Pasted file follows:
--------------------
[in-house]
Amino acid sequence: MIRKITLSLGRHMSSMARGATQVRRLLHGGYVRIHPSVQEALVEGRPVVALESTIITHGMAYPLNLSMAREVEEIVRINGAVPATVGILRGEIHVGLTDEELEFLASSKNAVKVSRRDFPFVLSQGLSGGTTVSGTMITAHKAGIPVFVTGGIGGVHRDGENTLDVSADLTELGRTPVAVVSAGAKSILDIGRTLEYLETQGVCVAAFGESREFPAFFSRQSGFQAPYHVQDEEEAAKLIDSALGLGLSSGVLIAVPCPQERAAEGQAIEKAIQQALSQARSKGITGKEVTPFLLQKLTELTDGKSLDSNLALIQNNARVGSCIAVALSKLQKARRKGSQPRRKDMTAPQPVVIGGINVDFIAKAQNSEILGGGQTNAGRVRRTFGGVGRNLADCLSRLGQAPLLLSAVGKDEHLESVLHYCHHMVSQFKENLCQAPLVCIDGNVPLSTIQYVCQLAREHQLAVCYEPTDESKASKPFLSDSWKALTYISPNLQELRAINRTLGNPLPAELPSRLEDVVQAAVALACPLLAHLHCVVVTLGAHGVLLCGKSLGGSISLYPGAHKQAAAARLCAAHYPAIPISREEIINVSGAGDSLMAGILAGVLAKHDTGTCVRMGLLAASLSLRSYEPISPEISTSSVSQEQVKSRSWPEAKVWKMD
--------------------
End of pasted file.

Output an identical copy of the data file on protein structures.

[in-house]
Amino acid sequence: MIRKITLSLGRHMSSMARGATQVRRLLHGGYVRIHPSVQEALVEGRPVVALESTIITHGMAYPLNLSMAREVEEIVRINGAVPATVGILRGEIHVGLTDEELEFLASSKNAVKVSRRDFPFVLSQGLSGGTTVSGTMITAHKAGIPVFVTGGIGGVHRDGENTLDVSADLTELGRTPVAVVSAGAKSILDIGRTLEYLETQGVCVAAFGESREFPAFFSRQSGFQAPYHVQDEEEAAKLIDSALGLGLSSGVLIAVPCPQERAAEGQAIEKAIQQALSQARSKGITGKEVTPFLLQKLTELTDGKSLDSNLALIQNNARVGSCIAVALSKLQKARRKGSQPRRKDMTAPQPVVIGGINVDFIAKAQNSEILGGGQTNAGRVRRTFGGVGRNLADCLSRLGQAPLLLSAVGKDEHLESVLHYCHHMVSQFKENLCQAPLVCIDGNVPLSTIQYVCQLAREHQLAVCYEPTDESKASKPFLSDSWKALTYISPNLQELRAINRTLGNPLPAELPSRLEDVVQAAVALACPLLAHLHCVVVTLGAHGVLLCGKSLGGSISLYPGAHKQAAAARLCAAHYPAIPISREEIINVSGAGDSLMAGILAGVLAKHDTGTCVRMGLLAASLSLRSYEPISPEISTSSVSQEQVKSRSWPEAKVWKMD